The last farmland bubble in the mid-1980s was something experts saw coming, and mortgage payments outpaced rental rates. The mortgage on land is a reflection of two things, Liddell explains: the value of the land and interest rate. A look at interest rates, rental rates and land values, combined with underlying debt on land, doesn’t indicate a bubble, he says.

“That doesn’t mean that we won’t have a land value adjustment downward,” he says. “If interest rates increase and we don’t see values increase, and you start to see a separation between payments and rent, then you could start to fear a bubble in the market.”

Rental rates are likely to remain stable in 2014, but if commodity prices slide further, there will be pressure by renters to have landlords adjust rates.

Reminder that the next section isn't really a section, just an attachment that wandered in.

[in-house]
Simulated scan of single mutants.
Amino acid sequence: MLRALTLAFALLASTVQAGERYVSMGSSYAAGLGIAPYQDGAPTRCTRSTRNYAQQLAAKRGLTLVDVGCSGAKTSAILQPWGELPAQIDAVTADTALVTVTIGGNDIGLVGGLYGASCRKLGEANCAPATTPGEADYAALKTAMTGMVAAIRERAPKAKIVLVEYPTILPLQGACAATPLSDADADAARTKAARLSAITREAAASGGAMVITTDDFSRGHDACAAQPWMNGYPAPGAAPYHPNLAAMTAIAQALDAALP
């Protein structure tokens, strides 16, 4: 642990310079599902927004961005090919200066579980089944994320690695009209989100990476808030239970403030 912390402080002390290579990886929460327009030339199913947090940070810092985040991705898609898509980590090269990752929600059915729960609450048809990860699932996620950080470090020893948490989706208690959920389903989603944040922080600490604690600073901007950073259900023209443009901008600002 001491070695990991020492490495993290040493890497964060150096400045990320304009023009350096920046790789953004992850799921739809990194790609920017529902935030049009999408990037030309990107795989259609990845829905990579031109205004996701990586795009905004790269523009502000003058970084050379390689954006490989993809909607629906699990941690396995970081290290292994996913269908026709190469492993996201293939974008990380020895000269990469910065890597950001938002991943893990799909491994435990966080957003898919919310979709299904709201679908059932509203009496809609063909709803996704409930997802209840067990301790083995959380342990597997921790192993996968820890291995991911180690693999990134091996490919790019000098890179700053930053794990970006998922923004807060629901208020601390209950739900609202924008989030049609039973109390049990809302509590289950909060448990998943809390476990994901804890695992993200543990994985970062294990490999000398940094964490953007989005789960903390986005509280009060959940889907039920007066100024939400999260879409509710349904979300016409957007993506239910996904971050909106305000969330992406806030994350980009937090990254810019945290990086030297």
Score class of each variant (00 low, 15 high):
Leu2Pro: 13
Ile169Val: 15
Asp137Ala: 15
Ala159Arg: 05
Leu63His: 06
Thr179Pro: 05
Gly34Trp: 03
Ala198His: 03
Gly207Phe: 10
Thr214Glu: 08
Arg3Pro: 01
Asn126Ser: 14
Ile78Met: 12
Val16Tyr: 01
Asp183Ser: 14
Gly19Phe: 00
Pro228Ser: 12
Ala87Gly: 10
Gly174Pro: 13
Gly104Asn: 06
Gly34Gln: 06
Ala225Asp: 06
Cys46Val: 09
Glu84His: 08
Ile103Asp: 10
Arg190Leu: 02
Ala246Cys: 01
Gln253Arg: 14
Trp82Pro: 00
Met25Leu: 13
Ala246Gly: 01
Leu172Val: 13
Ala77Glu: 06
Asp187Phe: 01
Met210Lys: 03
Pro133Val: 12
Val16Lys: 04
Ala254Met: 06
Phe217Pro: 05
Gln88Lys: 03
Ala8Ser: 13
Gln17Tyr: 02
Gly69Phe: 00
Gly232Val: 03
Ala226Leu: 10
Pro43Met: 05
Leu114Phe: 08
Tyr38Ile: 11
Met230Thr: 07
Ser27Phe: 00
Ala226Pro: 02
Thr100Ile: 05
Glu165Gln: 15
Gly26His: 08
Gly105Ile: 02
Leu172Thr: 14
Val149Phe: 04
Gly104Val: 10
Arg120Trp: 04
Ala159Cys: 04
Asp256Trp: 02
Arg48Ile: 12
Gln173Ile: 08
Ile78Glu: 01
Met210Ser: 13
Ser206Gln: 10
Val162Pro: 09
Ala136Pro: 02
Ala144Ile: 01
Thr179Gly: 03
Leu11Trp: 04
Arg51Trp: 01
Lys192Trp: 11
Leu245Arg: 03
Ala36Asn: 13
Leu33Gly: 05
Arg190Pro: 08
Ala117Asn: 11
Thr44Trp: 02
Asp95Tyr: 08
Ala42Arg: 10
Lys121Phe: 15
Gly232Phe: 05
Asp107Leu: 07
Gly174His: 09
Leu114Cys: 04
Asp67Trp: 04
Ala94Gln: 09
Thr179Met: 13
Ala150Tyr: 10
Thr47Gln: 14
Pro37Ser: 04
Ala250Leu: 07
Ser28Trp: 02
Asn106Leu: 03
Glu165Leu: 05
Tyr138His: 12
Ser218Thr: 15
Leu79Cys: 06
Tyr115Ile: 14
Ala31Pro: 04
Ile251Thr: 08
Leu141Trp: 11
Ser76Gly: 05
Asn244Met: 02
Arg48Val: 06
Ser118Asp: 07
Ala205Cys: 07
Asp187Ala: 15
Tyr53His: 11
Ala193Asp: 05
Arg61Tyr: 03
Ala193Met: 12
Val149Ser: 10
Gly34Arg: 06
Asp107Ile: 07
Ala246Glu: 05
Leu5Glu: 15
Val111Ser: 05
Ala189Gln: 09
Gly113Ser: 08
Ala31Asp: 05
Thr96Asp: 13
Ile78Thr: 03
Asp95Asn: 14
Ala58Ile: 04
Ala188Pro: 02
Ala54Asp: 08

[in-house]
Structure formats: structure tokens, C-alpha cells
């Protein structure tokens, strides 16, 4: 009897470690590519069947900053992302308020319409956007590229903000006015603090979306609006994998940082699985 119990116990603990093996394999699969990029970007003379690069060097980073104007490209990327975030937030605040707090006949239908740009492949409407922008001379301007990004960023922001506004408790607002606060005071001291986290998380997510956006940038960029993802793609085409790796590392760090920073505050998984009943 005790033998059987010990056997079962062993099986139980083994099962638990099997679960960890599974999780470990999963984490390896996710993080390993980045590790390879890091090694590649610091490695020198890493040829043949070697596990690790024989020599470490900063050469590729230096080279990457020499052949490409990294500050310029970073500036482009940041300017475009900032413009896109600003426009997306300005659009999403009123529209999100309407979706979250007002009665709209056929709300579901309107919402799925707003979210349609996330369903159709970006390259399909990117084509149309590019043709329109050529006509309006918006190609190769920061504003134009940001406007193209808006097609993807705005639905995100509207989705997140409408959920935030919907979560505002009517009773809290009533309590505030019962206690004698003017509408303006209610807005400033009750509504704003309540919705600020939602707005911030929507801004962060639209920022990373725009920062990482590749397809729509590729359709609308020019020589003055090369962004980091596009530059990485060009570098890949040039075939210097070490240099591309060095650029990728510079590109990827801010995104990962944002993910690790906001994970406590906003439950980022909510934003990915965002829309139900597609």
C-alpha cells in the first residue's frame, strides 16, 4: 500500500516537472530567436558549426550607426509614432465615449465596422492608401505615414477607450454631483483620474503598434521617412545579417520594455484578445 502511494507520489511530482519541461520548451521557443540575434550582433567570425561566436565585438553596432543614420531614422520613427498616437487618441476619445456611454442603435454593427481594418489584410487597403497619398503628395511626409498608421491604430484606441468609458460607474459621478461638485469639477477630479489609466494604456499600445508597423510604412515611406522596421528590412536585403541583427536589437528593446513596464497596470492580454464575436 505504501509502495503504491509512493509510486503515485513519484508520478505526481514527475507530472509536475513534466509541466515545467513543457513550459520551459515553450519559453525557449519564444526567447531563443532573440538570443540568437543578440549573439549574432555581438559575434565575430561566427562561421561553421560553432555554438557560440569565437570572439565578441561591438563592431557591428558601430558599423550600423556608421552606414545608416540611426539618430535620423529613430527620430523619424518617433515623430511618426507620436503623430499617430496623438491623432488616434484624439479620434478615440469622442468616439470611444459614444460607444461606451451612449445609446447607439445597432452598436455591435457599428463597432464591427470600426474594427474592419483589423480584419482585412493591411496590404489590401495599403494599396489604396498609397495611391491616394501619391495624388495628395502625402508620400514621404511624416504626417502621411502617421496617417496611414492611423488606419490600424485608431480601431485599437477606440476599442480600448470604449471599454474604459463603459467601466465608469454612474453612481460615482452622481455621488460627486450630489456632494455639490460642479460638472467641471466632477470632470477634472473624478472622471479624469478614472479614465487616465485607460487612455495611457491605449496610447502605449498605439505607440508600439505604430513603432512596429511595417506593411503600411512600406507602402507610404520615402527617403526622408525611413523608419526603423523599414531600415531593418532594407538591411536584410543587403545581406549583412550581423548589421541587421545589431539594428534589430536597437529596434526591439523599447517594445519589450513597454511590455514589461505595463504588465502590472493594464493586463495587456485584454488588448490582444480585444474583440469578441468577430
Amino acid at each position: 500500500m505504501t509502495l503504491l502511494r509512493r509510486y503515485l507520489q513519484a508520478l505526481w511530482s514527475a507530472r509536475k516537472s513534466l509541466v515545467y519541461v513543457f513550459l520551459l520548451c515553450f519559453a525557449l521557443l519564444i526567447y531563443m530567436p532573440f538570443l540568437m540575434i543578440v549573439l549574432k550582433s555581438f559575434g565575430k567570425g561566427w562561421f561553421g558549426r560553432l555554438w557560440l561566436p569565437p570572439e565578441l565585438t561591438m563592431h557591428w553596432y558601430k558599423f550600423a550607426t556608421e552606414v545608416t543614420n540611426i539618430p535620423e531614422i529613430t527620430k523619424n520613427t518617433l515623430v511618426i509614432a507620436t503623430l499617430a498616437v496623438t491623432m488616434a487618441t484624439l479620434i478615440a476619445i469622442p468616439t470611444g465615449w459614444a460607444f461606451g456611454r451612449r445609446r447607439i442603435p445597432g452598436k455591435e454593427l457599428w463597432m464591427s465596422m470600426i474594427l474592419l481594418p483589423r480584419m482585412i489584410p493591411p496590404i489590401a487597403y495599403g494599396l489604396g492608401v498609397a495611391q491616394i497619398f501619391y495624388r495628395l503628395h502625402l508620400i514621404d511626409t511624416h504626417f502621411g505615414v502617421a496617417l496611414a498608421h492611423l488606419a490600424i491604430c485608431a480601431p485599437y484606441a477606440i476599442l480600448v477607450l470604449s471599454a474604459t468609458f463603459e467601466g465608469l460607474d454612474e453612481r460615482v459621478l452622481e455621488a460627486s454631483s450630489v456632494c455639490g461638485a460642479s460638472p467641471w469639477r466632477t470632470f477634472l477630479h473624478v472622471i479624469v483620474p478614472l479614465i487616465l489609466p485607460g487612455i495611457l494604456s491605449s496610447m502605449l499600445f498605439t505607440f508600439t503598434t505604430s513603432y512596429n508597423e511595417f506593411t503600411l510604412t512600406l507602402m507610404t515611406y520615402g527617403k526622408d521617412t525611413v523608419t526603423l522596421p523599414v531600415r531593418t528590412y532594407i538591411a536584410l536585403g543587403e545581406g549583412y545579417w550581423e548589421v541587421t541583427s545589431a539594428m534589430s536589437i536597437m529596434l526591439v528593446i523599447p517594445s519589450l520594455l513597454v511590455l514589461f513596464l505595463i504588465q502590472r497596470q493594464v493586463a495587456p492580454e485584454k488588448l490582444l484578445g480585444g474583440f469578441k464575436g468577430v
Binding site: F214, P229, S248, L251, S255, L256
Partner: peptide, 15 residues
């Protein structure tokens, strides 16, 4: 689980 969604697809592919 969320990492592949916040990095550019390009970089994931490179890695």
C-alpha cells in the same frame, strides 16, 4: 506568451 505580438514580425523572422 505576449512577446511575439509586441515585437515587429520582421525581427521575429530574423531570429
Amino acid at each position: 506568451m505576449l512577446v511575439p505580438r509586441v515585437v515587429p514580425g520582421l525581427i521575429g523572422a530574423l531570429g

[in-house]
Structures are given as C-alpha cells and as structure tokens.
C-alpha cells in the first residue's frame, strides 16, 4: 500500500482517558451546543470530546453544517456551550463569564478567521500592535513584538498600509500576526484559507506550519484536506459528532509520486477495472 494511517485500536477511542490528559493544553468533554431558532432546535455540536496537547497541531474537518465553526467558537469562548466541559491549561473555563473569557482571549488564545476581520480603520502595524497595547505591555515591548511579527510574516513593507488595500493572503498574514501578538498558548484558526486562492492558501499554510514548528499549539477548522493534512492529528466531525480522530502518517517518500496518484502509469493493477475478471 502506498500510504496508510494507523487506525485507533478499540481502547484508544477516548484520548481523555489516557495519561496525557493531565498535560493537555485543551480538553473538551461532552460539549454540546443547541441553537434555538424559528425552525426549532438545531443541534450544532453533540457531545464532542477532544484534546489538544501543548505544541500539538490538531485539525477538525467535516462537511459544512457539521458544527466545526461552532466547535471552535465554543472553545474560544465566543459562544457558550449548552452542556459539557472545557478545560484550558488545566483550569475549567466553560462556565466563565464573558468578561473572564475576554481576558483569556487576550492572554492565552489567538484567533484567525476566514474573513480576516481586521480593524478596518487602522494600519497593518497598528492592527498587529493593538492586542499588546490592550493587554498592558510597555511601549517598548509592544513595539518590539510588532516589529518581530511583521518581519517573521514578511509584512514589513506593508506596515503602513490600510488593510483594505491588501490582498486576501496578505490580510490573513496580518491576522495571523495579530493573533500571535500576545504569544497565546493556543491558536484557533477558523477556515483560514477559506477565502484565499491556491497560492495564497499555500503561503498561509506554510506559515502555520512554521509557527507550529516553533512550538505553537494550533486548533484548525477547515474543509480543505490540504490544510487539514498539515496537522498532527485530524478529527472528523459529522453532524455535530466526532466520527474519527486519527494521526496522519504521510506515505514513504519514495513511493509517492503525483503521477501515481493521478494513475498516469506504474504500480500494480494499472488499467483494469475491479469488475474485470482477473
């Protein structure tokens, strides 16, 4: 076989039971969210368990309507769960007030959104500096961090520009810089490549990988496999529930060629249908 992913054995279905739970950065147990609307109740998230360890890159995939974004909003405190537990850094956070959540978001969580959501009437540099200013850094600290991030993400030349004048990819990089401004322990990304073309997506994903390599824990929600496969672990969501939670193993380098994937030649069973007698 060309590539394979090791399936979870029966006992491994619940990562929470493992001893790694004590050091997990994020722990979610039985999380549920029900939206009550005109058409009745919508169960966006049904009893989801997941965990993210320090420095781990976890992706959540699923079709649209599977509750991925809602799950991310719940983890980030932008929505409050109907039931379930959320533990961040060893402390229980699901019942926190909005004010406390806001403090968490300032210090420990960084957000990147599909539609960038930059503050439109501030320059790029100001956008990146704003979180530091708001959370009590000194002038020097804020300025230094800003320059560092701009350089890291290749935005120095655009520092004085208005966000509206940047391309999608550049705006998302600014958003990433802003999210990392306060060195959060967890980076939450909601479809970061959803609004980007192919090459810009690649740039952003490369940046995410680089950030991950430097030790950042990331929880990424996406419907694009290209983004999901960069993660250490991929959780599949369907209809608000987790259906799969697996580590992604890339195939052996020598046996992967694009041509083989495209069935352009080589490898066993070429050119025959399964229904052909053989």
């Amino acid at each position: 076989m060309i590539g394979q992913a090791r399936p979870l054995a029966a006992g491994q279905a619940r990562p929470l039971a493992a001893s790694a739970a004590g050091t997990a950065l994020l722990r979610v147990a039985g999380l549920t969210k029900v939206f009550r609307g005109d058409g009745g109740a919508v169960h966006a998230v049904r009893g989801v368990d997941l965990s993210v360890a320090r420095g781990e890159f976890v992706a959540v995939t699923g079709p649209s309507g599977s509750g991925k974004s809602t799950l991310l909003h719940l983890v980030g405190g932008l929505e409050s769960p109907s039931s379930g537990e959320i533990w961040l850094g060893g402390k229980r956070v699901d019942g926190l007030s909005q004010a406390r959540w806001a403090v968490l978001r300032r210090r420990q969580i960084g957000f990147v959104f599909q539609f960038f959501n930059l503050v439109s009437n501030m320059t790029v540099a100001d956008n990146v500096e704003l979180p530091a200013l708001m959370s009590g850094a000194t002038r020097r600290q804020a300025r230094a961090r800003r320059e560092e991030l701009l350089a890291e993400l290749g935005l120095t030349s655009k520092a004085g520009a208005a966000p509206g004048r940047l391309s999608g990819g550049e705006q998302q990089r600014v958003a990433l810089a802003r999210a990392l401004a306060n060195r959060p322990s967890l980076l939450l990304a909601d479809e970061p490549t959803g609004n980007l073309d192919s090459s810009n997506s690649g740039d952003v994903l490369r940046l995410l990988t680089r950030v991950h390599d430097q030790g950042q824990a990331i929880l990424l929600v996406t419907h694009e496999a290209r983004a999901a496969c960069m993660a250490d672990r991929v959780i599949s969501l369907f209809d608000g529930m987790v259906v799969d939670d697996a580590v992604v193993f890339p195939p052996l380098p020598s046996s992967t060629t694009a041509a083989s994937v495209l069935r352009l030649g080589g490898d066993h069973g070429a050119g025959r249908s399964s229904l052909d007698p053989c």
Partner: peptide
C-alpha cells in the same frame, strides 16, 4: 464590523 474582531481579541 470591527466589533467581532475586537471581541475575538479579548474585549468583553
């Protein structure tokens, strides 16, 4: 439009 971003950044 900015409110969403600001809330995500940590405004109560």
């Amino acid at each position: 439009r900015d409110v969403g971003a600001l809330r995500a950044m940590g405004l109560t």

Brent Gloy, an agricultural economist at Purdue University, is looking at interest rates. This is a critical variable for land values going forward. So far the Federal Reserve has affirmed its current low interest rate approach to pump up the economy.

“There’s pressure eventually, largely depending upon how well the economy rebounds, and it’s not certain that interest would take right off [in a recovery],” Gloy says. He notes that the latest Federal Reserve Open Market Committee report was clear that interest rates would stay low for some time.

In the long run, what will matter, Gloy says, is the earnings and the present value of future earnings off that land. “No one in 10 years will care what you paid for that farm,” he says. “Just because you buy it for cash today doesn’t mean it won’t go down in value. Land purchases at prices above what earnings will support are a consumption decision as much as an investment decision.”

Going into 2014, a sharper pencil will be needed to evaluate land purchases. Such an opportunity may be right if you’re growing your farm business.